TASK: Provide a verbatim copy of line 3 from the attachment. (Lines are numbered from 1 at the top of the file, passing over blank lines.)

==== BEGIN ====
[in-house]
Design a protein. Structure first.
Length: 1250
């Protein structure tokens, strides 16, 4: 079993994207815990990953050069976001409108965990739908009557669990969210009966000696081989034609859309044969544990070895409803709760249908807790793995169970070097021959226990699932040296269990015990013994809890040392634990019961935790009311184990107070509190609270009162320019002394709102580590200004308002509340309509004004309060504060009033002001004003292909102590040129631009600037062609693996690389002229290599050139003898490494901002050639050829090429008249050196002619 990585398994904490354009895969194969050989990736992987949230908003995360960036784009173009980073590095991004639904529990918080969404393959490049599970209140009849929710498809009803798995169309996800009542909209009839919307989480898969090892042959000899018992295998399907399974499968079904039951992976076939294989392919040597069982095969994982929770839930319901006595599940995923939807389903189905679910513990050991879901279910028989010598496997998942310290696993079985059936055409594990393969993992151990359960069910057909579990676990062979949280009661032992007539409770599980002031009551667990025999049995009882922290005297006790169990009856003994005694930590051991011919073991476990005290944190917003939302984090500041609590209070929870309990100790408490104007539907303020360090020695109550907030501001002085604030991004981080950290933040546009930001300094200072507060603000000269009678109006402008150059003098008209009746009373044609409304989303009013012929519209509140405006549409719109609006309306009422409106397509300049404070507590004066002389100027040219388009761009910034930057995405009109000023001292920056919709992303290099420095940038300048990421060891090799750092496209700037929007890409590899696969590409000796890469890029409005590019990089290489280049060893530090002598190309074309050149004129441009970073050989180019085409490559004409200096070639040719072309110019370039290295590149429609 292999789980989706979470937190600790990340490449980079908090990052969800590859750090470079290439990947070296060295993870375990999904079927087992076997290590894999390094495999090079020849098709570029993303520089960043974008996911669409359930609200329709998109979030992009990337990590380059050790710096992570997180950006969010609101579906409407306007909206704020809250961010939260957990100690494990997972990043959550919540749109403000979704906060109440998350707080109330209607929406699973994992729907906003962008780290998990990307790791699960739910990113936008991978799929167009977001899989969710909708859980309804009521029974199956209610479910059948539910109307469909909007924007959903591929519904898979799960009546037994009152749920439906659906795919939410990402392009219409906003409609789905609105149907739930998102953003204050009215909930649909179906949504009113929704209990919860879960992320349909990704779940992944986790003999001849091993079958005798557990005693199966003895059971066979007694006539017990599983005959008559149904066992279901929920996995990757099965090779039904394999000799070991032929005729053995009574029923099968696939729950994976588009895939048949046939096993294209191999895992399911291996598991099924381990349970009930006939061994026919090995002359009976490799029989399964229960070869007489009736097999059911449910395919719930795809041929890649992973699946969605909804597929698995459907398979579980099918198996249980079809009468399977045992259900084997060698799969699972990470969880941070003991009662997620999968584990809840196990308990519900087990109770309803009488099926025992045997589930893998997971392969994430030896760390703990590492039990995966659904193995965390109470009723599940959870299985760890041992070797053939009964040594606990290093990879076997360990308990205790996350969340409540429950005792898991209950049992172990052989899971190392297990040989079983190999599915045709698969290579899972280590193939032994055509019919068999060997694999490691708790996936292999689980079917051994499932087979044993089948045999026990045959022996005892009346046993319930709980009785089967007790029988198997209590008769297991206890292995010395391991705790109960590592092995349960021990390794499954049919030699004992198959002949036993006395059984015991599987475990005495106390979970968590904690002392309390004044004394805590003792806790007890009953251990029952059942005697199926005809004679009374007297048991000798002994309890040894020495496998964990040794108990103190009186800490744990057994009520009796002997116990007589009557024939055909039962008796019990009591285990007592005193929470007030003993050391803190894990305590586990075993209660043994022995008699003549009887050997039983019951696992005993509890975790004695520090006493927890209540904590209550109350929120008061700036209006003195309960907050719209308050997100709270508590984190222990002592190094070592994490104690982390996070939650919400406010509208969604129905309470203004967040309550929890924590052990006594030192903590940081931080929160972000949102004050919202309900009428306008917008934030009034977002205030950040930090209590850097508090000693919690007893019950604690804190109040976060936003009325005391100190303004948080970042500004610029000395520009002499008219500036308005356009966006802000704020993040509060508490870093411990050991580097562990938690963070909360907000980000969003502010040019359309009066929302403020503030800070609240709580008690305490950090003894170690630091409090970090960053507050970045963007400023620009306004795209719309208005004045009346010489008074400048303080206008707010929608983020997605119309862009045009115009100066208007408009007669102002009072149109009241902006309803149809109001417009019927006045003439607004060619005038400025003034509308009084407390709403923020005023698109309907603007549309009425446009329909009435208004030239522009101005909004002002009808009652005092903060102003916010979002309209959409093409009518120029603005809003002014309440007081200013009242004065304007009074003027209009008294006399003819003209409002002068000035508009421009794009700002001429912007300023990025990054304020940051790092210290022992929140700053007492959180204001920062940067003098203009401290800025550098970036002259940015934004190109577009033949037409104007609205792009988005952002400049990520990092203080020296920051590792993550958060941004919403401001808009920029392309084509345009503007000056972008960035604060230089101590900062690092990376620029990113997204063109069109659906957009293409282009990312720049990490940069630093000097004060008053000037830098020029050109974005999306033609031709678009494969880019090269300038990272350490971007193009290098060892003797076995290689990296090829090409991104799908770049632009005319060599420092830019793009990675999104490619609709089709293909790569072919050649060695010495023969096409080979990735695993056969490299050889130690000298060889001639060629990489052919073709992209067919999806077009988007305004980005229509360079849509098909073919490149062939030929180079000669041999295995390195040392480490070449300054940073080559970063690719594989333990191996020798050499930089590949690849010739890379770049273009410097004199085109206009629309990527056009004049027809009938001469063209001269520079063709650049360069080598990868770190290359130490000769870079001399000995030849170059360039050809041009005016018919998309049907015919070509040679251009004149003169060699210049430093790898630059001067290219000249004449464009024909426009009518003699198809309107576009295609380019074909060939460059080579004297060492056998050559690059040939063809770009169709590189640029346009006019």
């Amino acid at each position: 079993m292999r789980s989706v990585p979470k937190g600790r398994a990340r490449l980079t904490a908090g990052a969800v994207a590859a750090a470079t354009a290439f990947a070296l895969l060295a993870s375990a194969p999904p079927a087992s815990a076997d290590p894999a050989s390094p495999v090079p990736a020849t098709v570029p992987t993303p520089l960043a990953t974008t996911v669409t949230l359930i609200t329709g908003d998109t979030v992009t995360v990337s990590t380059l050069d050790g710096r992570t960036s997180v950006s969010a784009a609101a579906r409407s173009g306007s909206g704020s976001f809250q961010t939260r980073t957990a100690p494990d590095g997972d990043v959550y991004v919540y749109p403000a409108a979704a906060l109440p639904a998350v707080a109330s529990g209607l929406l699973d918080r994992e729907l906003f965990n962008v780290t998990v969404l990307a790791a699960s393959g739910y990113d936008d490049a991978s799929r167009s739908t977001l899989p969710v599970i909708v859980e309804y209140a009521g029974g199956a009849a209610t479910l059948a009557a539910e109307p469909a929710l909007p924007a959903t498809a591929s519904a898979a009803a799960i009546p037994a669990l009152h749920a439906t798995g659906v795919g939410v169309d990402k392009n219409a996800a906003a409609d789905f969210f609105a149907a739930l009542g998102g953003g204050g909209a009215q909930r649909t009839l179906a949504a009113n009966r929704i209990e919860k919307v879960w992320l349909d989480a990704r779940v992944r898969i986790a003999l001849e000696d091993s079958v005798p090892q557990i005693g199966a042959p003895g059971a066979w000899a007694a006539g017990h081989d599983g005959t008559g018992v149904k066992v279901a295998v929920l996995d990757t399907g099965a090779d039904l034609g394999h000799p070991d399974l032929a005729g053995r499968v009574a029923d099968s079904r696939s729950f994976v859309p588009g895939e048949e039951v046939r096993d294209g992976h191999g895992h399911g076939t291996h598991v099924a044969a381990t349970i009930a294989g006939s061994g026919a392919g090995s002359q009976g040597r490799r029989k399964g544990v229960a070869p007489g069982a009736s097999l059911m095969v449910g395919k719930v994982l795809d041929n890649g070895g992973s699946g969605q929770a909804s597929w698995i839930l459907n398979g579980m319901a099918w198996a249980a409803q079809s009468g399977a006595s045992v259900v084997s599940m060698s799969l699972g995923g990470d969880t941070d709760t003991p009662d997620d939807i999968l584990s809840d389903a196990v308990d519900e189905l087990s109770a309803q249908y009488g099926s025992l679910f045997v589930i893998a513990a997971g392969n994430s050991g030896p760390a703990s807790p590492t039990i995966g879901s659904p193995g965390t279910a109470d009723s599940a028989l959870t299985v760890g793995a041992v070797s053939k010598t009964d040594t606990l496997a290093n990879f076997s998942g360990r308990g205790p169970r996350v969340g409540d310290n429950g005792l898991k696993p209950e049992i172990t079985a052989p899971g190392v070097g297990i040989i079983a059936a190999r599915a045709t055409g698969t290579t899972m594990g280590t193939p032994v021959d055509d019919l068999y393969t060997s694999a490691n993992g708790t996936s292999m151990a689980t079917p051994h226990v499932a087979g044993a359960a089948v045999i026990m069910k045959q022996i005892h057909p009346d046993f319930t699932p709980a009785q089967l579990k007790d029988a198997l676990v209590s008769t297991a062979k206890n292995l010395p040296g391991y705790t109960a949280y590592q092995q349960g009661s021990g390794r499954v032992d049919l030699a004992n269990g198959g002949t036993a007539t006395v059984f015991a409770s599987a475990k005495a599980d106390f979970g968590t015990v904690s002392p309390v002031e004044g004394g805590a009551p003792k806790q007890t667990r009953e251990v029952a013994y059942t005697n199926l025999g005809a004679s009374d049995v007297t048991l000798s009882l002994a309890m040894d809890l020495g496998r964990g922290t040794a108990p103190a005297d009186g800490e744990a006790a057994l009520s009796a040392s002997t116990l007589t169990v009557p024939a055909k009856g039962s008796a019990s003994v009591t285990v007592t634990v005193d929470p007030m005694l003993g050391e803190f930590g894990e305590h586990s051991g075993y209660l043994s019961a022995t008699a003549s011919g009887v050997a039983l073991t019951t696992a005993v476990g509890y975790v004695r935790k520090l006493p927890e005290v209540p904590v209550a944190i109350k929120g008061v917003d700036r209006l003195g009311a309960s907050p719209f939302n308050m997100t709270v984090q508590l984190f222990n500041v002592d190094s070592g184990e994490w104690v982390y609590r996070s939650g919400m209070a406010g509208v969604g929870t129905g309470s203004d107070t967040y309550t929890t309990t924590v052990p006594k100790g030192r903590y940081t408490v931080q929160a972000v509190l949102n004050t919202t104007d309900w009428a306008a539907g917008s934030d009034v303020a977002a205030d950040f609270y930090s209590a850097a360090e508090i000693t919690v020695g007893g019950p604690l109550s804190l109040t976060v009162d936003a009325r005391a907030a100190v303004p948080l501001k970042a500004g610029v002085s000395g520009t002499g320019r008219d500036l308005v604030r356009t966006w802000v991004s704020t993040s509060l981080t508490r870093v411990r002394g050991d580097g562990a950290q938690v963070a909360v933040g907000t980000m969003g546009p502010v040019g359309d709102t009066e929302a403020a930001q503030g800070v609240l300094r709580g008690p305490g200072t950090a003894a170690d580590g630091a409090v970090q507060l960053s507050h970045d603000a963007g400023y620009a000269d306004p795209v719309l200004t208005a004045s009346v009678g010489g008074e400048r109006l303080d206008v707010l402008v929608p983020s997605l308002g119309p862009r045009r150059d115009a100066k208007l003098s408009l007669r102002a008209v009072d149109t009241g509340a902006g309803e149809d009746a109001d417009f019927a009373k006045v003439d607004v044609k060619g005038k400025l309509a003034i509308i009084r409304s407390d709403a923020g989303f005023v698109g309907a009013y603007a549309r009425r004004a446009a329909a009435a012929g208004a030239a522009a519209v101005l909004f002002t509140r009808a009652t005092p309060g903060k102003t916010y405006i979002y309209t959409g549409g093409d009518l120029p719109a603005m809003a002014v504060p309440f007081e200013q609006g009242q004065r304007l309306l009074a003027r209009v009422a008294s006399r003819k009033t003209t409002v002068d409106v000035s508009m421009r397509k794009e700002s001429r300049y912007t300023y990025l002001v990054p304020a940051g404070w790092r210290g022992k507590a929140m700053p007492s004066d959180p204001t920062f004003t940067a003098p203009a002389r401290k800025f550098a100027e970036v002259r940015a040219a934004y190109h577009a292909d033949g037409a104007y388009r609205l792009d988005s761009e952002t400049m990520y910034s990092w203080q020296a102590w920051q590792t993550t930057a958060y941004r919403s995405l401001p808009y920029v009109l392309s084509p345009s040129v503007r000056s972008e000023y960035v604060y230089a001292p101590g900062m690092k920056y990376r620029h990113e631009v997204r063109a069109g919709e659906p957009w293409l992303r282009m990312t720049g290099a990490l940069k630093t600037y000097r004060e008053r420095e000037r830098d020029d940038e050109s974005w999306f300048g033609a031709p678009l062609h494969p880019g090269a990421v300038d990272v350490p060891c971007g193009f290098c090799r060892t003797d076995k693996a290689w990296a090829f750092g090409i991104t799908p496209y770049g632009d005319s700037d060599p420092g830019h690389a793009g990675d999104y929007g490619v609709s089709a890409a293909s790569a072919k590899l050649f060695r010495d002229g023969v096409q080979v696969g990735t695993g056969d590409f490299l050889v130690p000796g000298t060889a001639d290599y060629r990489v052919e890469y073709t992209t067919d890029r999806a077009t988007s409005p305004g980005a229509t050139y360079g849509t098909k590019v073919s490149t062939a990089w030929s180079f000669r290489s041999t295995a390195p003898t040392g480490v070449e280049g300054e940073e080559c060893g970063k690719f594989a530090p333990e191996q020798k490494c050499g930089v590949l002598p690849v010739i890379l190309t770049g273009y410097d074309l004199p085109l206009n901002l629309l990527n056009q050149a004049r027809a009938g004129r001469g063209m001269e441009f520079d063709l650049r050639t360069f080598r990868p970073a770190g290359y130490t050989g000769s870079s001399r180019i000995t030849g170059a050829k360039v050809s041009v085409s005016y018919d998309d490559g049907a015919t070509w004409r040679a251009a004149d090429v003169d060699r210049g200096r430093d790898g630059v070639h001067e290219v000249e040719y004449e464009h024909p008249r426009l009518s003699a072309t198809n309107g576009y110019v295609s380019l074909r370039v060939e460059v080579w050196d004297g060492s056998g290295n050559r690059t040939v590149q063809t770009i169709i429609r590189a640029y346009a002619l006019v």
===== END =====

Length: 1250